Monday, April 30, 2007

Not Exactly What I Had in Mind When I Imagined Being Kissed Silly

How do you kiss your kids? Your parents? Other relatives? When I was a kid, my grandmothers always kissed us kids on the lips -- quick, lipsticky kisses -- or they kissed us on the cheeks, leaving lip prints sometimes, then rubbing them off for us. My parents never kissed us on the lips, maybe because my dad was kind of a germophobe. When I met my son's paternal grandmother, she kissed me on the lips, but she's a grandma, so I pretty much expected this. ;^) My son's paternal uncle kisses everyone hello and goodbye on the cheeks in that oh-so-sophisticated way that Jerry Seinfeld objected to in one episode of his eponymous show.

When my son was a baby, I kissed him everywhere, and as he got older, I settled on cheeks and lips as my favorite spots. Sure, I kiss him elsewhere sometimes, like during those first weeks of kindergarten, when I'd put on lipstick and kiss the palms of his hands so he could carry my kisses with him all day. We're very big on kissing and hugging and snuggling around here. We kiss elbows and hands and necks and almost anywhere, and we hug several times a day; I don't want my son to grow up wishing he'd been kissed and hugged more. Despite being comfortable with -- and encouraging -- all this show of affection, however, I'm now finding myself trying to squelch my son's latest kissing habit.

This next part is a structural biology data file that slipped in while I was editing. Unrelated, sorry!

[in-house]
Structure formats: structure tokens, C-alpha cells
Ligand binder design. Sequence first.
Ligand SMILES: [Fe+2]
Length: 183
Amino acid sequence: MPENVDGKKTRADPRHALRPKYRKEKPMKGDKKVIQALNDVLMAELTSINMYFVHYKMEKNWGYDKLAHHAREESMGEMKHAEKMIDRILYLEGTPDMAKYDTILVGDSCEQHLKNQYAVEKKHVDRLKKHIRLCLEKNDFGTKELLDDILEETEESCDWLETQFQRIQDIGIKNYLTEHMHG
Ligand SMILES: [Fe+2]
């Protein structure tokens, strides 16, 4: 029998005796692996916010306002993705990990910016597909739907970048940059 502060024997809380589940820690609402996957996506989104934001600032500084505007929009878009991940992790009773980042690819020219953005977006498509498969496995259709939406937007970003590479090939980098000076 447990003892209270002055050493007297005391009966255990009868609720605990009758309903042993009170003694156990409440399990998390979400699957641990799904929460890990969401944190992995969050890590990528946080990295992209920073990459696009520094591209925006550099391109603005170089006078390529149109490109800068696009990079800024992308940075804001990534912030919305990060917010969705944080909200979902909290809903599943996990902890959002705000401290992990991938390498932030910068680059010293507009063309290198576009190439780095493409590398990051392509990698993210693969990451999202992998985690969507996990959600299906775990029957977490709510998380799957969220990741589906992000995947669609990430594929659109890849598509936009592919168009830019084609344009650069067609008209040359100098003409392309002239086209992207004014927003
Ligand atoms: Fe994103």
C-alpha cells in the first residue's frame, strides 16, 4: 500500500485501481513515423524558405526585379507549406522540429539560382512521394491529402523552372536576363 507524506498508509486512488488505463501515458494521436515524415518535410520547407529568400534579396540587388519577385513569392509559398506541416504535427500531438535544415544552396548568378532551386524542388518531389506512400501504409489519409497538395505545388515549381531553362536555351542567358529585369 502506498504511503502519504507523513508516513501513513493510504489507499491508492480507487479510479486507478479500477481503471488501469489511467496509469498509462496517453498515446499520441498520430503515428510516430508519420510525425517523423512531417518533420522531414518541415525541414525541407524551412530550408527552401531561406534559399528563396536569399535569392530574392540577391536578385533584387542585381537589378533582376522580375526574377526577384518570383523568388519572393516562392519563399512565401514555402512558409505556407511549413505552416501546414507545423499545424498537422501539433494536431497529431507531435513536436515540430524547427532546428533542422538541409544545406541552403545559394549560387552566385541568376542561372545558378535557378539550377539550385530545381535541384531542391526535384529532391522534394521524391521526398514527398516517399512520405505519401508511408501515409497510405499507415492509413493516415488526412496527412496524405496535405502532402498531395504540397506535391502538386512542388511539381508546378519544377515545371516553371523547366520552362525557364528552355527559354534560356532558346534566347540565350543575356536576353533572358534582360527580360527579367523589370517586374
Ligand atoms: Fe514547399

See, my son has taken to wanting to kiss me on the lips and tilt his head from side to side, mushing my lips in imitation of a romantic movie kiss. I told him that's not the way moms and kids kiss each other, and showed him "the way we do it" (kissing cheeks or little kisses on the lips, or instance), but he keeps trying to kiss me all silly because it makes me laugh so hard I can't breathe. I guess I should try not to laugh if I want him to stop, right? But it's just so hilarious and innocent that I can't not laugh.

Obviously I have my work cut out for me. (But what would Herr Freud say?) ;^)